Death in the High Cliff

Over fifty years ago when I was a very young girl (perhaps seven or eight) my aunt took us to Jersey where there were historic sites of sorts, a kind of outdoor museum. It had been an indian stomping ground. I was walking along the road, my family members ahead of me, when I had the strangest displaced sensation (which later I would identify with haunted places) and suddenly I saw something upward to my left. Way up on a high cliff, it was a little girl in a light colored old fashioned dress and pinafore.

About my age, running in terror directly toward the edge of the cliffside, a very fit brown indian with long black hair chasing her. I saw her plummet to the ground far below. There was a little old house there too, as I recall. I will never forget the sight and how it made me feel, how she was shrieking, so terrified not to be caught by this indian that she didn’t hesitate to keep running out into the air and fell straight down. I felt her hit the ground way below. The experience shocked me, but I knew it was something I was seeing from a very long time ago.

What made this sight all the more memorable for me is that just as I was about to tell my aunt and my mother what I had seen, my aunt read aloud the little plaque stationed at the end of the slope which lead to this cliff, but couldn’t be accessed by the public because it was roped off. The plague read that a little girl had fallen to her death fleeing an indian in her pursuit precisely in the spot I had just witnessed.

I remember telling my family what I had seen over and over, and I think they believed me. The eerie and yet compelling feeling which had accompanied the whole experience was something I would experience at different occasions throughout my life around certain old houses or an area of woods or something from centuries like a vacated well or an old bridge and I would know that this place had a story to tell, so traumatic or powerful that it was imprinted onto the atmosphere all around it.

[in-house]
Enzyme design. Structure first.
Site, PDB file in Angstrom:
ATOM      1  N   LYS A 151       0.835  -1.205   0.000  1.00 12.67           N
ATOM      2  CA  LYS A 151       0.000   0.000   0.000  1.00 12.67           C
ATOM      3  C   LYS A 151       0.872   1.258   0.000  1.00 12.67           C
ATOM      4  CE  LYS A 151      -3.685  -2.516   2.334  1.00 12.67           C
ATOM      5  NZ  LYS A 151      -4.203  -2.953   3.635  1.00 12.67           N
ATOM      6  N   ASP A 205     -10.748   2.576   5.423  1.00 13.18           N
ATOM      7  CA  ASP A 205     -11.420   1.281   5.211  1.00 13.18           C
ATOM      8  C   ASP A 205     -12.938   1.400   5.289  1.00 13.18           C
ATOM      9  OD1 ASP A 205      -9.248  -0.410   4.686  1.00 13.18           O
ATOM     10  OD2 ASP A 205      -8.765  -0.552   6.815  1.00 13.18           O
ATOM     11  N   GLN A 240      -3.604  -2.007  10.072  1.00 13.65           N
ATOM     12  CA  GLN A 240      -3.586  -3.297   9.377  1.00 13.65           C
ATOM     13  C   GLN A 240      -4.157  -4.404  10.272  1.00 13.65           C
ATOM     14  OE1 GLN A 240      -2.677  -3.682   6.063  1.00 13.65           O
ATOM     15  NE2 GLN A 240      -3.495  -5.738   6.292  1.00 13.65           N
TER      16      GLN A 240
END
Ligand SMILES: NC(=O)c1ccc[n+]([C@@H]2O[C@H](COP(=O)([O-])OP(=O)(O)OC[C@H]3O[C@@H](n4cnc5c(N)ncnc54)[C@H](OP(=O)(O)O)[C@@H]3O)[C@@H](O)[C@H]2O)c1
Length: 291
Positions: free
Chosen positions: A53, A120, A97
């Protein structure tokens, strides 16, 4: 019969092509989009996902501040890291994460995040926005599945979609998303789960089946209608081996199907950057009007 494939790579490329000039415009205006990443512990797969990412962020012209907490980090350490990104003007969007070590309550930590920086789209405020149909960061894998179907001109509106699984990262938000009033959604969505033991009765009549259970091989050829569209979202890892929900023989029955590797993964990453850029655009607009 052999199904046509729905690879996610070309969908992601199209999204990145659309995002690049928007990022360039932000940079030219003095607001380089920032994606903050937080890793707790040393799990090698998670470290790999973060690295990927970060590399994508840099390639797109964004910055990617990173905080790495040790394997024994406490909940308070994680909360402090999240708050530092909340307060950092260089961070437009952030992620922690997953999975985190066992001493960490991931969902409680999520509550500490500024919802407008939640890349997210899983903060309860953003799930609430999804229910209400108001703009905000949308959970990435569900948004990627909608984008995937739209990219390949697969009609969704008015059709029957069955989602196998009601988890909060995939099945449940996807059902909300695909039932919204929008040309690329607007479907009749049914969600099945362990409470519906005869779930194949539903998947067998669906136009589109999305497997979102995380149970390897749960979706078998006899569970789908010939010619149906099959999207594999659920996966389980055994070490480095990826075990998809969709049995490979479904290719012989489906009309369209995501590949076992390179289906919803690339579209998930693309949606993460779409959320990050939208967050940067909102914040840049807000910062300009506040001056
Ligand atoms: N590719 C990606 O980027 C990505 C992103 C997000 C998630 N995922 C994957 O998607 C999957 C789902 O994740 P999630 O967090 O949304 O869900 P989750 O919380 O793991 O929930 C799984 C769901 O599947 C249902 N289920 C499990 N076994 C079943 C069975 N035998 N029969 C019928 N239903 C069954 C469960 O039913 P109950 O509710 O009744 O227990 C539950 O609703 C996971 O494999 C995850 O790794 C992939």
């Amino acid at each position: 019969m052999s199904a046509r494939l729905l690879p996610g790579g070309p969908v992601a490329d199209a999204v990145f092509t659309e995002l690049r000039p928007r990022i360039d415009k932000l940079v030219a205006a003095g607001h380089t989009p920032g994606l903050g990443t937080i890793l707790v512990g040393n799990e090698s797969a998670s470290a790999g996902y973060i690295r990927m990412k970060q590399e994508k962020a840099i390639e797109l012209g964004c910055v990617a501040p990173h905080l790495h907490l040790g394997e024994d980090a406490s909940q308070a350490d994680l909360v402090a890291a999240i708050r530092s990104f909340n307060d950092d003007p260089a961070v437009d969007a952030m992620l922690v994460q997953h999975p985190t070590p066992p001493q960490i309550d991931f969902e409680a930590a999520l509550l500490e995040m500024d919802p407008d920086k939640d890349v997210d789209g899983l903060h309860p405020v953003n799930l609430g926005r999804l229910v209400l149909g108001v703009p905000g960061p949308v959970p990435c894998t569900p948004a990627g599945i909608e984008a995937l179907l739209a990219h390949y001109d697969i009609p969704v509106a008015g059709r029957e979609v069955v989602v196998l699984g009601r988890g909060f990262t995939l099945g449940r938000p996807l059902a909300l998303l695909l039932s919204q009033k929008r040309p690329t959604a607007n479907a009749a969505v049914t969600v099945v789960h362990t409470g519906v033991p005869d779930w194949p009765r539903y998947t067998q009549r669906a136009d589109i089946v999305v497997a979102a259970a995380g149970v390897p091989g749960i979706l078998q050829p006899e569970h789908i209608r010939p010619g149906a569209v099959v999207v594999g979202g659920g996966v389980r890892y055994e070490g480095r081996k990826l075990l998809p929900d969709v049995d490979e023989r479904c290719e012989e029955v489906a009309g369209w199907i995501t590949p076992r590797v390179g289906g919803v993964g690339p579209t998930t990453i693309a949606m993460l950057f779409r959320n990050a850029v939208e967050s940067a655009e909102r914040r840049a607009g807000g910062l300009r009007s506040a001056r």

That if I stayed there long enough I would glimpse a part of whatever had happened there. Usually these places are heavy with sadness or human drama. The feeling I get is that I’ve been transported to another time for some reason and that this particular place holds memories still intact, and just waiting for me to encounter them.

I had told my husband what I’d seen that day in Jersey numerous times, but for some reason we were discussing it again tonight, and for the first time it occurred to me that the place in Jersey might actually be verified by googling. He is good at finding things online, so he went searching armored with just the information of a little girl in Jersey who fell from a cliff to her death fleeing an Indian.

And he found a sight entitled Jenny jump ghost sightings in Jersey. Which described the incident I had seen, a place in Jersey that was notorious for others seeing this little girl ghost about nine who was dressed in a light blue or white dress. But mainly they just see her around the area, nobody having registered they actually saw her fall as I had.

The other thing is that the description of this particular ghost place has only been online for several months, and only now had it dawned on me to check it out. I hadn’t known until this evening that her name was Jenny. That just strikes me as too strange. It stays with me. That’s the way you know something is real which defies logic, it leaves its memory with you.